George Mason University has partnered with Dominion Energy and the Hispanic Association of Colleges and Universities (HACU) to create a Summer Bridge Program designed to further expose Latino/a high school students to science, technology, engineering and mathematics (STEM) and establish a source of STEM-oriented students to support the energy industry.
The Summer Bridge Program, which is going on now at Mason, is part of Dominion’s Building Hispanic Talent Initiative, a three-year, $2 million program that will benefit more than 1,250 students at seven colleges and universities while also allowing them to earn college credits. The seven-week Summer Bridge Program provides mentoring and tutoring, as well as career awareness and exploration seminars.
The mission and work of Mason’s Early Identification Program (EIP) and the Student Transition Empowerment Program (STEP) align well with the goal of this talent initiative, said Khaseem Davis, the director of EIP.
“For me, it’s very satisfying because I think about my own experience, not really having access to any of this, not really having programs like this when I was growing up,” Davis said. “When I got to college, I didn’t even know what college credits were. I didn’t know what a career was. So being able to provide students this information and kind of help them to demystify and debunk these ideas that they can’t achieve whatever goals they set is very satisfying.”
Mason is among the seven higher education institutions in Virginia, North Carolina, Connecticut, Utah, and Puerto Rico in the initiative.
“All students should have access to a quality education and the many doors an advanced degree provides,” said Carter Reid, executive vice president and chief of staff for Dominion Energy. “This is a step toward improving equity for Hispanic students and increasing diversity in STEM careers.”
Focused on Latino students, the Summer Bridge Program is also open to other historically marginalized groups as well and will be customized for each of the seven pilot institutions. The program introduces students to STEM careers and the energy industry, as well as acclimating them to a university campus and the rigors of academic life. Each student will participate in and receive college credit for college-level courses in engineering, business, cybertechnology and biotechnology.
Approximately 40 students are attending the inaugural Summer Bridge Program at Mason that began on June 27 and runs through July 29. The program will culminate with a student trip to Dominion Energy’s North Anna Nuclear Power Station in Louisa, Virginia.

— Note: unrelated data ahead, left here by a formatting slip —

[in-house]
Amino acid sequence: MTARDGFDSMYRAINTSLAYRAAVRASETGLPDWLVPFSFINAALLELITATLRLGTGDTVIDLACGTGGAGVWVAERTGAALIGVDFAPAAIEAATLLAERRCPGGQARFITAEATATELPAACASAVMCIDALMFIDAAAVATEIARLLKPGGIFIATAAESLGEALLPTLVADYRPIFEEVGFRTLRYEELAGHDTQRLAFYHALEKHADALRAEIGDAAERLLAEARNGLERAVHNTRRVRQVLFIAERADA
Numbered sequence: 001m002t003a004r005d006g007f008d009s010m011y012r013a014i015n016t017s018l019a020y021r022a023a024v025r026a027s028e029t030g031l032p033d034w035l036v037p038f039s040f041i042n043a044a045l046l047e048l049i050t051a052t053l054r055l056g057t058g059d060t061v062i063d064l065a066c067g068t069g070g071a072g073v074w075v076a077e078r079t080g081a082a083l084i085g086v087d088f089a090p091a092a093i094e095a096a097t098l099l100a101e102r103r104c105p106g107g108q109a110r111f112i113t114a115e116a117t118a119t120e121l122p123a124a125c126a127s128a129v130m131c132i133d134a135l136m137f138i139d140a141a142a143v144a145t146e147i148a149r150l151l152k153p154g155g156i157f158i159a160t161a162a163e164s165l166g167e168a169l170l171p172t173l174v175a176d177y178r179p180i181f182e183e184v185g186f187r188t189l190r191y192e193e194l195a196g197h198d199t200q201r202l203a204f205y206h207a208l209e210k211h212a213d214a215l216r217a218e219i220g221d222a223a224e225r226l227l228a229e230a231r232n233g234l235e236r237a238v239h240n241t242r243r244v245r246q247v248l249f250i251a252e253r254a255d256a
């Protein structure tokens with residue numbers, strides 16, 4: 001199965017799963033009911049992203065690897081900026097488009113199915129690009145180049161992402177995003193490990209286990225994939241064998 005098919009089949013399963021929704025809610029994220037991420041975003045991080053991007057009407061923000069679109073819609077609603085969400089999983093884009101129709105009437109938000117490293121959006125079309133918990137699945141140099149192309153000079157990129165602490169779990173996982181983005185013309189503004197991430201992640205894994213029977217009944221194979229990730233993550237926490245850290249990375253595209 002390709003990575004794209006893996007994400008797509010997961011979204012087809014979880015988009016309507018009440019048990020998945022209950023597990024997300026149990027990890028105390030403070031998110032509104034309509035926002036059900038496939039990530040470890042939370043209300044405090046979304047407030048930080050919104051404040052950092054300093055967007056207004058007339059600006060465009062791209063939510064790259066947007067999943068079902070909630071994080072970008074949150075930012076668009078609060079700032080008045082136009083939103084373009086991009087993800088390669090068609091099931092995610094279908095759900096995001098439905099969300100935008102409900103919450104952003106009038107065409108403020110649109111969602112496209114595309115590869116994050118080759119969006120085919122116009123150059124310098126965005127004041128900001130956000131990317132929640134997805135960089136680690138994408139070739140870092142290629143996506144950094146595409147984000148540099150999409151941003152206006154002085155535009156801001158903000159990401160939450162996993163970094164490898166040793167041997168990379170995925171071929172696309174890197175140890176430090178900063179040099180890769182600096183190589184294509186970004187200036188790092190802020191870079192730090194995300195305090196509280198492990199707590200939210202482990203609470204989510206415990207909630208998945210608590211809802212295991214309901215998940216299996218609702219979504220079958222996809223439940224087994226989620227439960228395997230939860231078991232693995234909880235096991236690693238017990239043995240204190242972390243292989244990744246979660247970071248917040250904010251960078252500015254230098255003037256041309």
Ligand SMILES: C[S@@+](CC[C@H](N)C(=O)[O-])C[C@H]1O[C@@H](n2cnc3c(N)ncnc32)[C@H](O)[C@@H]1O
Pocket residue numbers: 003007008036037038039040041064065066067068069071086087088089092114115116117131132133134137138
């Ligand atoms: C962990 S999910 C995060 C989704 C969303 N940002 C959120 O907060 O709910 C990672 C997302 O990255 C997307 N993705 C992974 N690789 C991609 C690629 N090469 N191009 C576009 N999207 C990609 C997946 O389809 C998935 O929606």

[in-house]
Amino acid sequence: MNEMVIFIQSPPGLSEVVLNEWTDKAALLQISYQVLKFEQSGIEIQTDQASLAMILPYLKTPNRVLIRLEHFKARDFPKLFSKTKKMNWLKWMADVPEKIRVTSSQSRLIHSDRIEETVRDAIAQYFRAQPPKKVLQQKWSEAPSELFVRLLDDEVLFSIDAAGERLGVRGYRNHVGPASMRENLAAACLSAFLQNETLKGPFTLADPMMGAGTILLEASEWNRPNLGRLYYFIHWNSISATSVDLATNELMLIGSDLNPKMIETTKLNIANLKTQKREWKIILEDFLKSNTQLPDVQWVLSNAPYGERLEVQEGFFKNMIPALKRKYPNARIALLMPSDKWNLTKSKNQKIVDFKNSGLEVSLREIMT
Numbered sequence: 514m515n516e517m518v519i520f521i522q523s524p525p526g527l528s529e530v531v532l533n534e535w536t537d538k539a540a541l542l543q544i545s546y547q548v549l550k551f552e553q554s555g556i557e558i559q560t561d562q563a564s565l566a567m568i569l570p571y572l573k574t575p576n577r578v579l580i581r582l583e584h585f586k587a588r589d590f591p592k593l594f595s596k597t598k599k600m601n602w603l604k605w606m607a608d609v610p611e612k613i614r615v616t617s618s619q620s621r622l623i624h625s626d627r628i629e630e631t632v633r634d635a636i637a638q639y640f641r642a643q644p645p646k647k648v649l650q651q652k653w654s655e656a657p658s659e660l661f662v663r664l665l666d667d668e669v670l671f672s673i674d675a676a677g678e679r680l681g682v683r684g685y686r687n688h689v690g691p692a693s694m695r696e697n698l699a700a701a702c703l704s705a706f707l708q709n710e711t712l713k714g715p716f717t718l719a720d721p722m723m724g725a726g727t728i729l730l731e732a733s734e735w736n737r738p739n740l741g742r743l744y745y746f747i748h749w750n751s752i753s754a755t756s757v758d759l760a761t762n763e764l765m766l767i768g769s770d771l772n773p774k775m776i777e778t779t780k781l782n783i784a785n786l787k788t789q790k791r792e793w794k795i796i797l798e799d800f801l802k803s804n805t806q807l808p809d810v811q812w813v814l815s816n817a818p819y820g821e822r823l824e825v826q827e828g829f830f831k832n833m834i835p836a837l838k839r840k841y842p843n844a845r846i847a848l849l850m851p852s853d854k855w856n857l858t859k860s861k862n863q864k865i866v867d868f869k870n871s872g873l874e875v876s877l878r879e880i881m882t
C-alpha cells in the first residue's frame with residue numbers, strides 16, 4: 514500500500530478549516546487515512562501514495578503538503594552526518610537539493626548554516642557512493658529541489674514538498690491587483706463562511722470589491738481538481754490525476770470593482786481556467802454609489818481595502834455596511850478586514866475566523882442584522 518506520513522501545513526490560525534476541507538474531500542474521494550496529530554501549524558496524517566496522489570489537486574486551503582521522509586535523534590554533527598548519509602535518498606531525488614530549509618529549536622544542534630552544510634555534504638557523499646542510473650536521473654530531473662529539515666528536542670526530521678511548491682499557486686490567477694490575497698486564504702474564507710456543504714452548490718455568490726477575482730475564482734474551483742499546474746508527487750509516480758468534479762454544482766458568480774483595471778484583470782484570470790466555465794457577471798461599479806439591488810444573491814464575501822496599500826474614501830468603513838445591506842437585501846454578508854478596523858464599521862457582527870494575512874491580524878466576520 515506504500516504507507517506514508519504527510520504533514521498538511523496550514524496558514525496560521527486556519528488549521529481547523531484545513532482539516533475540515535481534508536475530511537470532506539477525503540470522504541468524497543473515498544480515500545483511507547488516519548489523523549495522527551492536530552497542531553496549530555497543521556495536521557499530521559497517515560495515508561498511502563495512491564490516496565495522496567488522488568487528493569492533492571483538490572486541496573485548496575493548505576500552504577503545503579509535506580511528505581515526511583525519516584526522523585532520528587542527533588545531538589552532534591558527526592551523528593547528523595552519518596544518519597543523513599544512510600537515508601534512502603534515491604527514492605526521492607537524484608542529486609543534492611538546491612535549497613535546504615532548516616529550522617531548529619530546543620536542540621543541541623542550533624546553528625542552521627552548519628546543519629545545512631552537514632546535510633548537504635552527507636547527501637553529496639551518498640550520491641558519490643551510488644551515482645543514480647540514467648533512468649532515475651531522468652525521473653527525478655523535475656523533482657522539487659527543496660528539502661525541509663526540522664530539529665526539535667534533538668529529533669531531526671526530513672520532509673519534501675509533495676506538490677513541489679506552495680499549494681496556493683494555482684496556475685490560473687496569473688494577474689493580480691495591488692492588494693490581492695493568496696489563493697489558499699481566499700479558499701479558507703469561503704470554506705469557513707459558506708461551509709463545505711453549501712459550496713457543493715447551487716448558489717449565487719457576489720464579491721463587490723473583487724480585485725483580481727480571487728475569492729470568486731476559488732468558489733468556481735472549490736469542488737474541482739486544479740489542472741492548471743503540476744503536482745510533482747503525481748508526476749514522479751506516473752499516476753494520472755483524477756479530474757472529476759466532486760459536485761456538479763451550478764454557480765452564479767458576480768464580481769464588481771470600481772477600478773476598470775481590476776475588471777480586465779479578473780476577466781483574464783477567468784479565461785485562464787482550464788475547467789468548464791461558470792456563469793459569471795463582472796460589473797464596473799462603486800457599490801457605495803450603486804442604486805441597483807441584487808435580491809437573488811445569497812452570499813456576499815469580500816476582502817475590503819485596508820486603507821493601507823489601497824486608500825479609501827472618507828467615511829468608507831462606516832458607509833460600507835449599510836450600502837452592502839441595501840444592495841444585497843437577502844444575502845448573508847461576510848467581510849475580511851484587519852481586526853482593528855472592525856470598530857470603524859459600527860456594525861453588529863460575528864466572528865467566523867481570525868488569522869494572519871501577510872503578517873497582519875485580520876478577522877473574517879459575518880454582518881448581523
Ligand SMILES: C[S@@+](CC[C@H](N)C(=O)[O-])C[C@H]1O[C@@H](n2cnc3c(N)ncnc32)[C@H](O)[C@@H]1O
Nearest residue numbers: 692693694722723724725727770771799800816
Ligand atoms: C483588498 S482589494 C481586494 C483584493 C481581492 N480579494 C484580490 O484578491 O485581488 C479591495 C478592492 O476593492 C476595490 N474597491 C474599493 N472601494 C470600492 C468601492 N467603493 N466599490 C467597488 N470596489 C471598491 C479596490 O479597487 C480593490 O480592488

“Our new partnership with Dominion Energy is a substantial investment in the success of our Hispanic students in the vital field of energy development and services, an undeniable necessity in ensuring the prosperity of our nation,” said Antonio R. Flores, HACU president and CEO. “We are excited to launch this new initiative at seven higher education institutions to foster skilled professionals able to meet the needs of the energy industry.”
Emma Toggia is one such student who is making the most of this summer opportunity. The 17-year-old rising senior at Alexandria City (formerly T.C. Williams) High School said she’s enjoying the two classes she’s taking as part of the First2Conserve Program, which is under the umbrella of the Building Hispanic Talent Initiative.
“I appreciate the program and what it offers us,” Toggia said. “By exposing students to this knowledge at a young age, it gives us an opportunity to expand on our career choices.”
Dominion Energy will support HACU membership costs for the participating institutions for the duration of the project. HACU membership provides all college students at these institutions access to HACU programs and services such as corporate internship programs, academic scholarships, and leadership development opportunities.
The seven schools selected to participate in the Summer Bridge Program include Mason, Northern Virginia Community College, Sampson (NC) Community College, University of Connecticut at Stamford, University of North Carolina at Pembroke, University of Puerto Rico at Mayaguez and Utah Valley University.